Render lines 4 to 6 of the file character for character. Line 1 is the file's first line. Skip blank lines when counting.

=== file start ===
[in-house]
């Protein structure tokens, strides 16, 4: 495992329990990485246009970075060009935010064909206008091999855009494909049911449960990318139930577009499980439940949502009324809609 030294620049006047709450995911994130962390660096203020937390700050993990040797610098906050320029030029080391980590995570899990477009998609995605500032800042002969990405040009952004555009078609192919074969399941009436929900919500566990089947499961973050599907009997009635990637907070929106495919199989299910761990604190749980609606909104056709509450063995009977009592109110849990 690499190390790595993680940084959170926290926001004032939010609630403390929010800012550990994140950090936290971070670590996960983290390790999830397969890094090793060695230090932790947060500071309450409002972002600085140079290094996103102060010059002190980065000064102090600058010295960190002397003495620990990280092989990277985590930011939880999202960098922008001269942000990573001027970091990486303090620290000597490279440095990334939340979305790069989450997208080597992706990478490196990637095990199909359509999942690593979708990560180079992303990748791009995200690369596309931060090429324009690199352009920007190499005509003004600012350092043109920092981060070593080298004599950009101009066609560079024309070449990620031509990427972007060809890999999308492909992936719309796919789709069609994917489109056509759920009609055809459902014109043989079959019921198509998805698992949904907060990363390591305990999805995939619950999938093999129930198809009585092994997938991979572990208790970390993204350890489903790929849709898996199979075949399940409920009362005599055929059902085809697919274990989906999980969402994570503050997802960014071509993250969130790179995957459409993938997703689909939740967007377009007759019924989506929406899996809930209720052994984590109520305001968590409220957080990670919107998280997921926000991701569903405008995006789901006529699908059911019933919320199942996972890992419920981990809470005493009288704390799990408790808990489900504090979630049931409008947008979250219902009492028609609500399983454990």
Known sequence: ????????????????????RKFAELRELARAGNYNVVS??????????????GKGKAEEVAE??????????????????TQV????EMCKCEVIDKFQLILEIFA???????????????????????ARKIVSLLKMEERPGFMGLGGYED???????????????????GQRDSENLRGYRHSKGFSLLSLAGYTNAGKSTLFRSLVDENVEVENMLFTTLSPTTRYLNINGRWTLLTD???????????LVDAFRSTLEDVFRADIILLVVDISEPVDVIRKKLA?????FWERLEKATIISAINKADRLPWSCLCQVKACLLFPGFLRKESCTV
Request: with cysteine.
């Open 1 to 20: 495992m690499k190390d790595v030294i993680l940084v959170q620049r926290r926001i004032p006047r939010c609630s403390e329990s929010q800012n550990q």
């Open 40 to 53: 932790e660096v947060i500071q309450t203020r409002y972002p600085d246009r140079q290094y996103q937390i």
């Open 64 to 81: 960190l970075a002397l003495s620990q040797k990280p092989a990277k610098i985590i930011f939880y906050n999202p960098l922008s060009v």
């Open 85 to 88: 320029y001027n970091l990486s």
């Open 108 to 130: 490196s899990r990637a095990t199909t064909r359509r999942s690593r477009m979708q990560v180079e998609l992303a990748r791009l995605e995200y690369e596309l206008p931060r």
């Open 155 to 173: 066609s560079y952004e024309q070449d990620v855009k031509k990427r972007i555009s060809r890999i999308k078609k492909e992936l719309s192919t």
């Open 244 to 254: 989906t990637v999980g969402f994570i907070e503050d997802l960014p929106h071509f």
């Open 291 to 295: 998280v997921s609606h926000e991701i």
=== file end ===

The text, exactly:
Request: with cysteine.
């Open 1 to 20: 495992m690499k190390d790595v030294i993680l940084v959170q620049r926290r926001i004032p006047r939010c609630s403390e329990s929010q800012n550990q």
């Open 40 to 53: 932790e660096v947060i500071q309450t203020r409002y972002p600085d246009r140079q290094y996103q937390i």